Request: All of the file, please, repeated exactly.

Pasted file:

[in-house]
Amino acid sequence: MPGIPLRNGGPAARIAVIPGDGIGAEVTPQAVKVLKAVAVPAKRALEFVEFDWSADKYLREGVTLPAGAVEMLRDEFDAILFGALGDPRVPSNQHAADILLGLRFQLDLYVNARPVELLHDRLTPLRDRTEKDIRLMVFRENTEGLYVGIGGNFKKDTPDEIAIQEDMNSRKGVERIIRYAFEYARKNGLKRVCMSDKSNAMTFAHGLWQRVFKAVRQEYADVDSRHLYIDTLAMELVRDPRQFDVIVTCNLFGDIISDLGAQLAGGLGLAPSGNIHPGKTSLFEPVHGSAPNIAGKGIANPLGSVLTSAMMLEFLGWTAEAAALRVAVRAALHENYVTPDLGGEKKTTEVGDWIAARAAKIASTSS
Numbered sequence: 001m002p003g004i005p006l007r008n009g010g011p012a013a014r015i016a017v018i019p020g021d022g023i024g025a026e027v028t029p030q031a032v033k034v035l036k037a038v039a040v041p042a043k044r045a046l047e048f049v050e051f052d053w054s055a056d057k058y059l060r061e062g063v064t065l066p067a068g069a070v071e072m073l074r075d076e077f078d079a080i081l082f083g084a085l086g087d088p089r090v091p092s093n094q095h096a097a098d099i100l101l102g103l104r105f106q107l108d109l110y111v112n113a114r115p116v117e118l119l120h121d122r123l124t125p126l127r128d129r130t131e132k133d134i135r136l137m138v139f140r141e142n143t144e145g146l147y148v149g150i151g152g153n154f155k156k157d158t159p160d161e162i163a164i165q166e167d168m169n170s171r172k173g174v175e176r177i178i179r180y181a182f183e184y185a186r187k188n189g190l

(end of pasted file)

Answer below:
[in-house]
Amino acid sequence: MPGIPLRNGGPAARIAVIPGDGIGAEVTPQAVKVLKAVAVPAKRALEFVEFDWSADKYLREGVTLPAGAVEMLRDEFDAILFGALGDPRVPSNQHAADILLGLRFQLDLYVNARPVELLHDRLTPLRDRTEKDIRLMVFRENTEGLYVGIGGNFKKDTPDEIAIQEDMNSRKGVERIIRYAFEYARKNGLKRVCMSDKSNAMTFAHGLWQRVFKAVRQEYADVDSRHLYIDTLAMELVRDPRQFDVIVTCNLFGDIISDLGAQLAGGLGLAPSGNIHPGKTSLFEPVHGSAPNIAGKGIANPLGSVLTSAMMLEFLGWTAEAAALRVAVRAALHENYVTPDLGGEKKTTEVGDWIAARAAKIASTSS
Numbered sequence: 001m002p003g004i005p006l007r008n009g010g011p012a013a014r015i016a017v018i019p020g021d022g023i024g025a026e027v028t029p030q031a032v033k034v035l036k037a038v039a040v041p042a043k044r045a046l047e048f049v050e051f052d053w054s055a056d057k058y059l060r061e062g063v064t065l066p067a068g069a070v071e072m073l074r075d076e077f078d079a080i081l082f083g084a085l086g087d088p089r090v091p092s093n094q095h096a097a098d099i100l101l102g103l104r105f106q107l108d109l110y111v112n113a114r115p116v117e118l119l120h121d122r123l124t125p126l127r128d129r130t131e132k133d134i135r136l137m138v139f140r141e142n143t144e145g146l147y148v149g150i151g152g153n154f155k156k157d158t159p160d161e162i163a164i165q166e167d168m169n170s171r172k173g174v175e176r177i178i179r180y181a182f183e184y185a186r187k188n189g190l